CroftSoft / Library / Tutorials

Concurrent Java Simulations
Using
Three Phase Update

David Wallace Croft

2009 Jul 04 Sat


Abstract

Computer games and simulations have a main loop which is divided into phases such as user input controller processing, updating model state, and rendering the view. Since the states of multiple simulated objects are determined by their interactions, each object must have the opportunity to access the current state of every other object during the update phase. To ensure that the next states of objects are independent of the order in which they are updated, all of these accesses must occur before the state of any one object mutates into its next state. This can be accomplished by dividing the update into two sub-phases, access and mutate, in which no object can mutate its state until every other object has completed accessing shared state. Beyond update order independence, this has an additional benefit in that this can increase the performance of multi-threaded concurrent applications because synchronization is not required to ensure the integrity of shared state. A further increase in performance for concurrent simulations can be had by the introduction of a third sub-phase, digest, in which processing is performed on data copied during the preceding access sub-phase but modifying shared state is delayed until the following mutate sub-phase. This tutorial demonstrates the use of the three sub-phases pattern, Three Phase Update (TPU), using example code in the Java programming language including classes from the Java concurrency library.

Loop Phases

The Model-View-Controller (MVC) pattern organizes objects as being related to maintaining the current state of the program (the model), the rendering of the current state to the user onscreen (the view), and the processing of user inputs from the keyboard and mouse to modify state (the controller). Many programs are event-driven in that no processing occurs until a user input event triggers the controller to update the model which then forces a refresh of the view.

Simulations and animated computer games differ in that they are constantly running whether there are user input events or not. For simulations, the states of multiple interacting simulated objects are updated from one state to the next, generally as fast as the computer will allow. Animated computer games also have simulated objects which must be updated but there is usually a pause after each update since there is no point to animating state onscreen faster than the monitor refresh rate.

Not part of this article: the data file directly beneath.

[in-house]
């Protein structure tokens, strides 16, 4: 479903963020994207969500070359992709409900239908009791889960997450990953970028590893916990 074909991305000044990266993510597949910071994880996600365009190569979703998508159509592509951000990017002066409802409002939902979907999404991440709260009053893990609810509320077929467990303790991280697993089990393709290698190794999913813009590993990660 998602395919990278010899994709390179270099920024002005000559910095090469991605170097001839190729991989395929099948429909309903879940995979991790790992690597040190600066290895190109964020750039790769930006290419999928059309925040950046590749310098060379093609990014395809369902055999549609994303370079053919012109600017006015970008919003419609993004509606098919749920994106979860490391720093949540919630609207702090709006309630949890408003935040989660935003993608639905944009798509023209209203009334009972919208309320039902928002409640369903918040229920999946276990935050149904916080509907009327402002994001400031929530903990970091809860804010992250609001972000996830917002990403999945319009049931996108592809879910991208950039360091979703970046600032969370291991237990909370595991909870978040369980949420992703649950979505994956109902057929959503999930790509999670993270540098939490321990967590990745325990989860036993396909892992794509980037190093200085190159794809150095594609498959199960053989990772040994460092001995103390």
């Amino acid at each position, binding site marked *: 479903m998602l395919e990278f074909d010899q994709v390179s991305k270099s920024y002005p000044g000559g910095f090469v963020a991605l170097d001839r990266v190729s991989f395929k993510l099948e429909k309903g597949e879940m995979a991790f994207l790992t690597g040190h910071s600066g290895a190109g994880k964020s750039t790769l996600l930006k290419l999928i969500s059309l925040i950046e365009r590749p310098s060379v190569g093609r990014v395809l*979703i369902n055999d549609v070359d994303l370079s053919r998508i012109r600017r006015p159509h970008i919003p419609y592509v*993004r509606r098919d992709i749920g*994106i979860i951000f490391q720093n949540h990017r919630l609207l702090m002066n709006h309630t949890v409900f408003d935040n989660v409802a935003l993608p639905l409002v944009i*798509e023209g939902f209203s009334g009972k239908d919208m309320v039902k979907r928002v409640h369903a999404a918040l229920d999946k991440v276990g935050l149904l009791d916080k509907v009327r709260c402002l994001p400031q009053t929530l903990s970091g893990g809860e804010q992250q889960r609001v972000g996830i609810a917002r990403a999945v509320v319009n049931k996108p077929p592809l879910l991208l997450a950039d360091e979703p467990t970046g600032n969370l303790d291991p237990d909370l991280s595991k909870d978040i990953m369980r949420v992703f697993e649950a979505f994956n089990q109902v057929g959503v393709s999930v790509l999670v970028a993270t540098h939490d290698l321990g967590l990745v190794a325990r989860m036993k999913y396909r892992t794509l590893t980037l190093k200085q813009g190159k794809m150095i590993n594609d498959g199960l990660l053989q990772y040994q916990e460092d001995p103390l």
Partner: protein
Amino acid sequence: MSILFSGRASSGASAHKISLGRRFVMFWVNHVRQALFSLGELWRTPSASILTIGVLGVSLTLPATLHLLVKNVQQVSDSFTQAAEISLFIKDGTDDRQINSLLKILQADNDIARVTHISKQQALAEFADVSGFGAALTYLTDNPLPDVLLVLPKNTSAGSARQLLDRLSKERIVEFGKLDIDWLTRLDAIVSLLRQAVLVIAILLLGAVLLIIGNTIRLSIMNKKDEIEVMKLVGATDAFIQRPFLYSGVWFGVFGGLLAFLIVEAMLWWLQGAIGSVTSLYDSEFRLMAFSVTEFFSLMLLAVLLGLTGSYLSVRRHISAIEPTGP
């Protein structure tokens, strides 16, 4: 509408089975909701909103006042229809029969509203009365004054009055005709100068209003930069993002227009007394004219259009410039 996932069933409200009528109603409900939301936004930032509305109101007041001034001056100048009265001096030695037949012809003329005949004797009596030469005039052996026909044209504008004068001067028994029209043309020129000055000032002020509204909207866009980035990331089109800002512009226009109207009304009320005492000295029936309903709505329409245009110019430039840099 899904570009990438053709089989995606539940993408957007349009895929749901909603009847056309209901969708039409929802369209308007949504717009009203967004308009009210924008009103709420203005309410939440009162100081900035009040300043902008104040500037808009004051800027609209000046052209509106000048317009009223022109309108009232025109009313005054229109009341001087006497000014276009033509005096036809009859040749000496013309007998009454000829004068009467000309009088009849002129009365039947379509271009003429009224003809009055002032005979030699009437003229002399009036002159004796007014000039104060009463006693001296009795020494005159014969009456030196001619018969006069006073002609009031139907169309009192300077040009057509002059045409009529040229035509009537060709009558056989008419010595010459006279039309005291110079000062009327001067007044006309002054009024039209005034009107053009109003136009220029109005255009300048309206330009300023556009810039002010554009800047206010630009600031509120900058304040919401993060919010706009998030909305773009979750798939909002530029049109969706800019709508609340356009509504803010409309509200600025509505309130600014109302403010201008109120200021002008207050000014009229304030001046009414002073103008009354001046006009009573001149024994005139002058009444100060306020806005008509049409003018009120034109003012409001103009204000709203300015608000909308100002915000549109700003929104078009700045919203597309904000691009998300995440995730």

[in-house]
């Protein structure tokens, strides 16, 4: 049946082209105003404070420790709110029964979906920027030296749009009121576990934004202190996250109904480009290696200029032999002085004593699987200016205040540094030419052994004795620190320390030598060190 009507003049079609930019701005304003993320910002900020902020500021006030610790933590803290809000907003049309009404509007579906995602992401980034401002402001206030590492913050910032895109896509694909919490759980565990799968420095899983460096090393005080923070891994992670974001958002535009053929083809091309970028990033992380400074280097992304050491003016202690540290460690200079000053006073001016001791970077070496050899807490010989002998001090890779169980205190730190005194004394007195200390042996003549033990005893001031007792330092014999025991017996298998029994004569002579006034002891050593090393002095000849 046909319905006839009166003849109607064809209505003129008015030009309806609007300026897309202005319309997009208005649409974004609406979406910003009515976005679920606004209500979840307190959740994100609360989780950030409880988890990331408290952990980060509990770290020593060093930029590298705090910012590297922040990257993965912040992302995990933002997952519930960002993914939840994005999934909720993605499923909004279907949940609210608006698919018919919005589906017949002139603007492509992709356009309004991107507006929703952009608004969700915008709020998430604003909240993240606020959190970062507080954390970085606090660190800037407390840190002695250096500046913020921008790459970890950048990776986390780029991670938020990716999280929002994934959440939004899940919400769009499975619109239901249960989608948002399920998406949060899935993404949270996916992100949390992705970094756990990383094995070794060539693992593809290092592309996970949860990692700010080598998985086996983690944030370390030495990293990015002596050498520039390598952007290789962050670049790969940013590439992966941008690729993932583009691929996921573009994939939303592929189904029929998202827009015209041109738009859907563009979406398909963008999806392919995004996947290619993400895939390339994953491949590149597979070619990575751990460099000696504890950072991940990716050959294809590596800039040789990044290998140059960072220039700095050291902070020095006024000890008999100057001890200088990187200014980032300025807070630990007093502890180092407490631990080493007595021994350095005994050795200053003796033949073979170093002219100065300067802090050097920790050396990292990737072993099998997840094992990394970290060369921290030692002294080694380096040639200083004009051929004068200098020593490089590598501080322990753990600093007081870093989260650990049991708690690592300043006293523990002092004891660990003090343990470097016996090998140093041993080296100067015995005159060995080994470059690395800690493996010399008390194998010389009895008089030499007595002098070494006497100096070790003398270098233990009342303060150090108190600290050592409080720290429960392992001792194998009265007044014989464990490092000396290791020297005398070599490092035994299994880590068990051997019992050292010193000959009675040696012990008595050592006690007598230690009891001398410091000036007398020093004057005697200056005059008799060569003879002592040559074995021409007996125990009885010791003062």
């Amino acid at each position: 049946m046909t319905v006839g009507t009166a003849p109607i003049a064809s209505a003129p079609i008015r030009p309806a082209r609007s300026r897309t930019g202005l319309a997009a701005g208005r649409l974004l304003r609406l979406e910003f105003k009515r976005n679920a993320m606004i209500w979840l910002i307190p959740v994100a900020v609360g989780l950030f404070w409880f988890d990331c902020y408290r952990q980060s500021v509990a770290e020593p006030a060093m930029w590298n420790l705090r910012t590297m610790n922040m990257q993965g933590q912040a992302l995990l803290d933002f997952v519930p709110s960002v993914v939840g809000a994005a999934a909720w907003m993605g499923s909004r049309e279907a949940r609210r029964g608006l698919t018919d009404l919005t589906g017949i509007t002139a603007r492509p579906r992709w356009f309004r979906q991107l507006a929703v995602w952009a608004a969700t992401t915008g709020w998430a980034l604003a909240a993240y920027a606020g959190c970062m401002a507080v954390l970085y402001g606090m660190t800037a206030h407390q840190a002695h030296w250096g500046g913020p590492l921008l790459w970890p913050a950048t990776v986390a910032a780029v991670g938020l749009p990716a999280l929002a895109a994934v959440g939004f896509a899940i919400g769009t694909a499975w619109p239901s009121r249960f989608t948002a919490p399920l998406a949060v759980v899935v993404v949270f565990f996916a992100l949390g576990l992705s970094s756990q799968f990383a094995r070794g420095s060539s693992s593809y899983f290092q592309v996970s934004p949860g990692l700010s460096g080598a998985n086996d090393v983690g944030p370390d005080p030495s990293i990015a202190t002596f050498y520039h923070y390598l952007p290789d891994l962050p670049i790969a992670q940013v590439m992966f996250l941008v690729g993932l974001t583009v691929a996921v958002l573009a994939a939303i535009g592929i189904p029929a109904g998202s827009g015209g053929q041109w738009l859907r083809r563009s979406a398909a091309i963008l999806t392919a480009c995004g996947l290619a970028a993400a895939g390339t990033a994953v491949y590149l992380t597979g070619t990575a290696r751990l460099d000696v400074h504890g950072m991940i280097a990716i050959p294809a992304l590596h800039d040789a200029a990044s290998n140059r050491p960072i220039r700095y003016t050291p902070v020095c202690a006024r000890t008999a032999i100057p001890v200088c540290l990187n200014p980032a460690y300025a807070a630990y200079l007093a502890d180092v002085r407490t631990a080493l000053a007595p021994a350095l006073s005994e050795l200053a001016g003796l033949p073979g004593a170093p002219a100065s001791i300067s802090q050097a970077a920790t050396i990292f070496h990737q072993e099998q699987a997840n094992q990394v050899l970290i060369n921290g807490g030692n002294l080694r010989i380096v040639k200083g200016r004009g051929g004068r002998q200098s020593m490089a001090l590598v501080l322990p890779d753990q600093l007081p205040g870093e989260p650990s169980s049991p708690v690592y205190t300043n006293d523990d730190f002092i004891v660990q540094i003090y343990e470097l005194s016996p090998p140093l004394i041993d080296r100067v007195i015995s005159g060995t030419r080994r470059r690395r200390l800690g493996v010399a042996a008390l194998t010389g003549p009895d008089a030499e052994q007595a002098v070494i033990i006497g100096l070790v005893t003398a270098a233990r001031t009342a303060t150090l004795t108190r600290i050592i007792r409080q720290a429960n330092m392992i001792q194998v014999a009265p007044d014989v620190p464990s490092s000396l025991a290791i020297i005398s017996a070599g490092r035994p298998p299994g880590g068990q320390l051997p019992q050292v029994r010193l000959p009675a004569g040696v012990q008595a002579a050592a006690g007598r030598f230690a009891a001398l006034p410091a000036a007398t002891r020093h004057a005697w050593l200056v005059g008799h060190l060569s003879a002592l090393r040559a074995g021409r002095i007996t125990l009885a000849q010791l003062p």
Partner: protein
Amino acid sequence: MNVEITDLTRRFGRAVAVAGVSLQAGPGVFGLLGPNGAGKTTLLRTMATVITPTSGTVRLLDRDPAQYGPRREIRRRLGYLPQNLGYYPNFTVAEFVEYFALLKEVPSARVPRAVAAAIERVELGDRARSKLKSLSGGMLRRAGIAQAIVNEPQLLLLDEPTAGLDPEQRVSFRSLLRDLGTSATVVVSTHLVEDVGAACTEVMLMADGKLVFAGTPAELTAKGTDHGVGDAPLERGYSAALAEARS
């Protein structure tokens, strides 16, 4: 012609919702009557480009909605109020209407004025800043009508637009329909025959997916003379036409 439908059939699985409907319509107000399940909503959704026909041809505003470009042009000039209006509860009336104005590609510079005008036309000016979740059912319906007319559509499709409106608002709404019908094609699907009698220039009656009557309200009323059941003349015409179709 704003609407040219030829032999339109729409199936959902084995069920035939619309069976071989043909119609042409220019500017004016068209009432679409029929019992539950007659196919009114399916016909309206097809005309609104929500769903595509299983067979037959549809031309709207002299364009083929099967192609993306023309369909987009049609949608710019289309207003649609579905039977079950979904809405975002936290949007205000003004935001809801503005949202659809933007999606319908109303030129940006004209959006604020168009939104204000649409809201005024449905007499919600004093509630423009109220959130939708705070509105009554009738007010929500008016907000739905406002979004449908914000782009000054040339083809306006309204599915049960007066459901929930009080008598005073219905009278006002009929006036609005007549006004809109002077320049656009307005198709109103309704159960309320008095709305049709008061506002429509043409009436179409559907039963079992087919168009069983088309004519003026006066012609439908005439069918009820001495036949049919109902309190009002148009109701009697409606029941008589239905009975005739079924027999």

These continuously updating programs run in a main loop which is divided into phases paralleling the MVC objects. The first phase polls the controller for user input events. The second phase updates the model, including the state of simulated objects, based on the user input events and the rules of the simulation. The third phase renders the new state of the model to the screen to create the illusion of animation. After an optional pause in which the main loop thread is suspended, the loop then starts again, iterating indefinitely.

Order Independence

One issue that faces the programmer of games and simulations is that updates to the states of simulated objects during the update phase of the main loop must often be independent of the order in which they are processed. For physics-based simulations in which state updates are based on the amount of simulated time passed since the last update iteration, the time delta, this effect can be minimized by choosing a sufficiently small time delta such as one millisecond. The idea here is that small time deltas result in small changes in state from one iteration to the next so that the current and next states are approximately the same. From the viewpoint of other interacting simulated objects which depend on the current state of the observed object to determine their next states, small changes from one update to the next minimize the effects of update order dependence. This of course depends on the time delta and the rate of change so relying upon this is problematic.

Some simulations are not based on a time delta and so update order dependence is always an issue. An example of this is Conway's Game of Life in which the next state of a simulated object, a cell, is dependent on the current state of its adjacent neighboring cells in a grid of cells. For this type of simulation, the time delta is always "1", as in one iteration of the loop. If a programmer knew how simulated objects depended on each other, the updates might be deliberately ordered such that state of objects were always updated before other objects that depended on them for their own state. For simulations like the Game of Life in which there are bi-directional dependencies, there is no order in which this would work.

One solution is to guarantee update order independence by dividing the update phase into two sub-phases, access (read) and mutate (write). During the access sub-phase, all simulated objects access and copy the state of other objects that they need to update their own states. After every simulated object has done so, the access sub-phase ends and the mutate sub-phase begins in which objects use the state copied during the access phase to update their own states. No mutations of shared state are permitted during the access sub-phase and no accesses of shared state are permitted during the following mutate sub-phase.